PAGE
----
The days when the Sun had any significant influence on the outcome of general elections are over (if they ever existed) but a refusal to endorse the Tories in 2015 would still be viewed as a significant blow to Cameron. Two years out from the election, the paper has served the PM a warning: don't take our support for granted.

Rupert Murdoch holds up a copy of The Sun on Sunday as he leaves his London home on February 26, 2012. Photograph: Getty Images.

George Eaton is political editor of the New Statesman.

Photo: Getty
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Like it or hate it, it doesn't matter: Brexit is happening, and we've got to make a success of it

It's time to stop complaining and start campaigning, says Stella Creasy.

A shortage of Marmite, arguments over exporting jam and angry Belgians. And that’s just this month.  As the Canadian trade deal stalls, and the government decides which cottage industry its will pick next as saviour for the nation, the British people are still no clearer getting an answer to what Brexit actually means. And they are also no clearer as to how they can have a say in how that question is answered.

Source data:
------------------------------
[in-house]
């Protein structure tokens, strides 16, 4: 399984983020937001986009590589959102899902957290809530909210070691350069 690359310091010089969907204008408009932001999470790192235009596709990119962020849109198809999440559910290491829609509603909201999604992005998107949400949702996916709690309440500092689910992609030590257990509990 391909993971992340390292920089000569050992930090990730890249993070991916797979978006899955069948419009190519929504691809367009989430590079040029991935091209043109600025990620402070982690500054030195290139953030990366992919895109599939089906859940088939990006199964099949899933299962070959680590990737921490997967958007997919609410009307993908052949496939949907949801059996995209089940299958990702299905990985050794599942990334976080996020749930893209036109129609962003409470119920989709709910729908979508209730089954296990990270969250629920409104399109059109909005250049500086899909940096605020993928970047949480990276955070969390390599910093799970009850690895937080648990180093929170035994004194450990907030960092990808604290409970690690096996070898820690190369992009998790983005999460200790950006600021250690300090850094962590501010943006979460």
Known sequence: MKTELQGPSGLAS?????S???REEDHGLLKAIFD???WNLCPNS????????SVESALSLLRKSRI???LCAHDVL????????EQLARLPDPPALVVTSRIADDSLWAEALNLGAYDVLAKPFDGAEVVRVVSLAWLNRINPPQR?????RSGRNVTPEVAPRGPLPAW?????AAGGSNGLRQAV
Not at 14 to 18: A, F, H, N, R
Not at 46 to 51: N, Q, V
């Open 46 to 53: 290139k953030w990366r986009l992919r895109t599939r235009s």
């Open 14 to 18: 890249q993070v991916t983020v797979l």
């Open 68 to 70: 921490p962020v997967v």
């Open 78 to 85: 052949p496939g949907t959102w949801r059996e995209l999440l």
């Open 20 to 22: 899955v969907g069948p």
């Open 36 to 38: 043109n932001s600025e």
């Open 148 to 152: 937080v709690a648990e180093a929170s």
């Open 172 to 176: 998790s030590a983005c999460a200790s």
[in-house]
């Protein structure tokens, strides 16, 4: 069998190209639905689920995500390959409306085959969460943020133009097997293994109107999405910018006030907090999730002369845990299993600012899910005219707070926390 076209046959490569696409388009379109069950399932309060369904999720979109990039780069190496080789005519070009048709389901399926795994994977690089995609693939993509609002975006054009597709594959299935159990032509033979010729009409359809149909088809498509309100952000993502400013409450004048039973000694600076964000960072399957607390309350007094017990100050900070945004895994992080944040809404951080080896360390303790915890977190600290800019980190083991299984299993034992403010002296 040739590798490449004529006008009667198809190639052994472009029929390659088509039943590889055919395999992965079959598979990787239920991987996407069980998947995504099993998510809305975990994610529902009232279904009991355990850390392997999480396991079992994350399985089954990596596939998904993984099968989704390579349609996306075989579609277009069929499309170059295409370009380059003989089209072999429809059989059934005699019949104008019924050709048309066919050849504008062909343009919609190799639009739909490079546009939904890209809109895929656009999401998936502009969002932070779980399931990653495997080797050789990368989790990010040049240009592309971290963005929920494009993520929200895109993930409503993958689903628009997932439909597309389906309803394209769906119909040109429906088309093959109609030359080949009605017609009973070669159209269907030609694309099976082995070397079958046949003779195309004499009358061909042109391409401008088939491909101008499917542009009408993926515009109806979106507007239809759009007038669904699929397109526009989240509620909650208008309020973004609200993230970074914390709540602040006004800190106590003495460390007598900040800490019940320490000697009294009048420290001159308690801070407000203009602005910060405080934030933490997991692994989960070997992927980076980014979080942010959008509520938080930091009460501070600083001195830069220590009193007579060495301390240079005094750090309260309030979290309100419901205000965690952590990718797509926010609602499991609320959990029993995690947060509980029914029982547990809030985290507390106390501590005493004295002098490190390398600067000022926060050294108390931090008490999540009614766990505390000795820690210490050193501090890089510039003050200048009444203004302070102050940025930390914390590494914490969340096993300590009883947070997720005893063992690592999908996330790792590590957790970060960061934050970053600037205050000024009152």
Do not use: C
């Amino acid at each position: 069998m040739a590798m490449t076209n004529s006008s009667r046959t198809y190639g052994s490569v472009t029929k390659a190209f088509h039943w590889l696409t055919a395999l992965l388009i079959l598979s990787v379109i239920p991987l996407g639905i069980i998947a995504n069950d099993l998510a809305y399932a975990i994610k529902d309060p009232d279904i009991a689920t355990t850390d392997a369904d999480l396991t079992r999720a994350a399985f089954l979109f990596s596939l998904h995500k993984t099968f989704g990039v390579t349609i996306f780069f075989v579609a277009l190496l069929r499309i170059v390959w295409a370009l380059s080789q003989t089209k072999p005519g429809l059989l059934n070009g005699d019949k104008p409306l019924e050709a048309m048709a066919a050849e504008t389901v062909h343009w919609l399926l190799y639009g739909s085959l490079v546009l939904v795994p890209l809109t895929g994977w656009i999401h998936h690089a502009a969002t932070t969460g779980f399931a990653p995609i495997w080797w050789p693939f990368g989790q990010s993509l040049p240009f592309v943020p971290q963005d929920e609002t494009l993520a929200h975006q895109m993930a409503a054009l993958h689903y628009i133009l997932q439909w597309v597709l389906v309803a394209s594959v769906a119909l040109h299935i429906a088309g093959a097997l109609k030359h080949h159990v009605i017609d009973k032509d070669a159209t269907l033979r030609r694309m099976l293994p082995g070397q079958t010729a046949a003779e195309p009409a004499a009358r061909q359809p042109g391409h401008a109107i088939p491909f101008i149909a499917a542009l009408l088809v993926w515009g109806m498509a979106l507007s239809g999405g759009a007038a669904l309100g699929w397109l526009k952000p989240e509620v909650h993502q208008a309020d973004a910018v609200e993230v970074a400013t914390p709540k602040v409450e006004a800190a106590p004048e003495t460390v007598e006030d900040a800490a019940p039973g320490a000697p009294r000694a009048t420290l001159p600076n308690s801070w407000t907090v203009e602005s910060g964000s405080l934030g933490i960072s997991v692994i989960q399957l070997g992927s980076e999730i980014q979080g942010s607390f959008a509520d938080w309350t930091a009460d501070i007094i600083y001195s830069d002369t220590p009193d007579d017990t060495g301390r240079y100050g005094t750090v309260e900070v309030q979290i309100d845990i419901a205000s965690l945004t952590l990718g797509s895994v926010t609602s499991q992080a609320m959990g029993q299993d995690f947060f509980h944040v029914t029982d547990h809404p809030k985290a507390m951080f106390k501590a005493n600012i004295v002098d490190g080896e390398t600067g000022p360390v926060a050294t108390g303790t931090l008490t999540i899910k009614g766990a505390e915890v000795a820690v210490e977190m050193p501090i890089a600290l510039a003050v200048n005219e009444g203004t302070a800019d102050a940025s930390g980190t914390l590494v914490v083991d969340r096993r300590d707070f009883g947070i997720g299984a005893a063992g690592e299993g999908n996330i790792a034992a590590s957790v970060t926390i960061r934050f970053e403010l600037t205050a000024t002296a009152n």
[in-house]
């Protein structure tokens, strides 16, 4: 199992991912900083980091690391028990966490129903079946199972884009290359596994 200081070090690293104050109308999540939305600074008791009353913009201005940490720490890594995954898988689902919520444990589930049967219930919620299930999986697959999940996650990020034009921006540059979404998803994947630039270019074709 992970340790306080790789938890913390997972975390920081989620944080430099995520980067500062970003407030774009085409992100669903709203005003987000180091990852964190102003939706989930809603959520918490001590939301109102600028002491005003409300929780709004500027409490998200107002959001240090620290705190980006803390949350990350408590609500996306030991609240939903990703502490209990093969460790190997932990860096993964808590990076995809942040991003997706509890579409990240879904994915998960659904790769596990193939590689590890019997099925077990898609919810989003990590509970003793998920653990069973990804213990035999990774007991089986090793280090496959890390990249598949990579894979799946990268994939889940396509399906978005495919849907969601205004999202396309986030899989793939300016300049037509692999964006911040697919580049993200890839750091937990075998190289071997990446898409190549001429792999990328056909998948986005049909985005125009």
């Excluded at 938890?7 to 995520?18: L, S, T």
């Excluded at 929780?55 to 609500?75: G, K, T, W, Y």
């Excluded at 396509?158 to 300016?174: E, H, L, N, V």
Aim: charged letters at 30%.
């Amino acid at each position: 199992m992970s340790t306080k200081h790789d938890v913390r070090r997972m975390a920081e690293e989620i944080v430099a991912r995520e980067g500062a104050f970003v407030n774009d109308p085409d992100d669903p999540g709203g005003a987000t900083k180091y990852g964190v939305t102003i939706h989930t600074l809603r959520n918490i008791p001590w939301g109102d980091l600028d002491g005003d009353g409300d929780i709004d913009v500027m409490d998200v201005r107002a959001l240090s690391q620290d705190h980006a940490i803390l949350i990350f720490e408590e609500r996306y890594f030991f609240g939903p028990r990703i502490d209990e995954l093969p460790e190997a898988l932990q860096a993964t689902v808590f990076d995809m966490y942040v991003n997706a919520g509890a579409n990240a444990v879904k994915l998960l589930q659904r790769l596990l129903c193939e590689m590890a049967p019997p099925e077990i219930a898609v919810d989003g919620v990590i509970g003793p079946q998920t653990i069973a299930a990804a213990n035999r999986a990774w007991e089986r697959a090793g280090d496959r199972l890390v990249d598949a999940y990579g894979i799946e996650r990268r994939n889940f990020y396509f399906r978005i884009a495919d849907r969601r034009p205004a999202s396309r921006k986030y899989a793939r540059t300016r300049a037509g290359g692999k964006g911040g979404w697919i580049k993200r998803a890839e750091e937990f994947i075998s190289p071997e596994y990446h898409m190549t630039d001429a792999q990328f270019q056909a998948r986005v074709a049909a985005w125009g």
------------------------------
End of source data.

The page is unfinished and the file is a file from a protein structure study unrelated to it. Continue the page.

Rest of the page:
To date there have been three stages to Brexit. The first was ideological: an ever-rising euroscepticism, rooted in a feeling that the costs the compromises working with others require were not comparable to the benefits. It oozed out, almost unnoticed, from its dormant home deep in the Labour left and the Tory right, stoked by Ukip to devastating effect.

The second stage was the campaign of that referendum itself: a focus on immigration over-riding a wider debate about free trade, and underpinned by the tempting and vague claim that, in an unstable, unfair world, control could be taken back. With any deal dependent on the agreement of twenty eight other countries, it has already proved a hollow victory.

For the last few months, these consequences of these two stages have dominated discussion, generating heat, but not light about what happens next. Neither has anything helped to bring back together those who feel their lives are increasingly at the mercy of a political and economic elite and those who fear Britain is retreating from being a world leader to a back water.